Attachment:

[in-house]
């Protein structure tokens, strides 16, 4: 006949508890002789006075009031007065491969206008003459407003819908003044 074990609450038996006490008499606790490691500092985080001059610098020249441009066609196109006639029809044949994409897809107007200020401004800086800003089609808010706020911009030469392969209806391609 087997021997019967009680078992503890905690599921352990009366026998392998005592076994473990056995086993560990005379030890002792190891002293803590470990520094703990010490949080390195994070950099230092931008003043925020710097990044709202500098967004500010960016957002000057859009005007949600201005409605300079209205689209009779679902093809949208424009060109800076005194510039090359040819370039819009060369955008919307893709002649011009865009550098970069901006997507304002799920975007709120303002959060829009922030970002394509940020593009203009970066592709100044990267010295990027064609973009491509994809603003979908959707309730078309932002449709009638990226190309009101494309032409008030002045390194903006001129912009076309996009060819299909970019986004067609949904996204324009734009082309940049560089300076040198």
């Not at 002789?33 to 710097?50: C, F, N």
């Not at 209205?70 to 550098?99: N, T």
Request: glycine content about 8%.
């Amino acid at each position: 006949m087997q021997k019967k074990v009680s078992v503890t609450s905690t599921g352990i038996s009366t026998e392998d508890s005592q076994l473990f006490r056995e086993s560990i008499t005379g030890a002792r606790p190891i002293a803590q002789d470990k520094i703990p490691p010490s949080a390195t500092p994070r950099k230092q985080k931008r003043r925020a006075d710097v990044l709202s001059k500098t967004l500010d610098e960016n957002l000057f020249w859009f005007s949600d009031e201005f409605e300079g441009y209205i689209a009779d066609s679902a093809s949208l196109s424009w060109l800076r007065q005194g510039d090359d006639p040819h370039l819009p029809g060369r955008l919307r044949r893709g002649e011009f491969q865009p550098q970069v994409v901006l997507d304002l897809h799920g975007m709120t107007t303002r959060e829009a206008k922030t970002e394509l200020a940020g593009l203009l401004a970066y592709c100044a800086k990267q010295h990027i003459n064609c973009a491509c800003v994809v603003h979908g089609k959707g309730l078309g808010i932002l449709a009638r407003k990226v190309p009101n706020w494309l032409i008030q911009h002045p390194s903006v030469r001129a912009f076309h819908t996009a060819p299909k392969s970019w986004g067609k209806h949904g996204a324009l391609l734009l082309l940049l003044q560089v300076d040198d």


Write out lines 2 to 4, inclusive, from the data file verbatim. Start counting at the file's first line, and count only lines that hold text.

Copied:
């Protein structure tokens, strides 16, 4: 006949508890002789006075009031007065491969206008003459407003819908003044 074990609450038996006490008499606790490691500092985080001059610098020249441009066609196109006639029809044949994409897809107007200020401004800086800003089609808010706020911009030469392969209806391609 087997021997019967009680078992503890905690599921352990009366026998392998005592076994473990056995086993560990005379030890002792190891002293803590470990520094703990010490949080390195994070950099230092931008003043925020710097990044709202500098967004500010960016957002000057859009005007949600201005409605300079209205689209009779679902093809949208424009060109800076005194510039090359040819370039819009060369955008919307893709002649011009865009550098970069901006997507304002799920975007709120303002959060829009922030970002394509940020593009203009970066592709100044990267010295990027064609973009491509994809603003979908959707309730078309932002449709009638990226190309009101494309032409008030002045390194903006001129912009076309996009060819299909970019986004067609949904996204324009734009082309940049560089300076040198």
């Not at 002789?33 to 710097?50: C, F, N």
């Not at 209205?70 to 550098?99: N, T």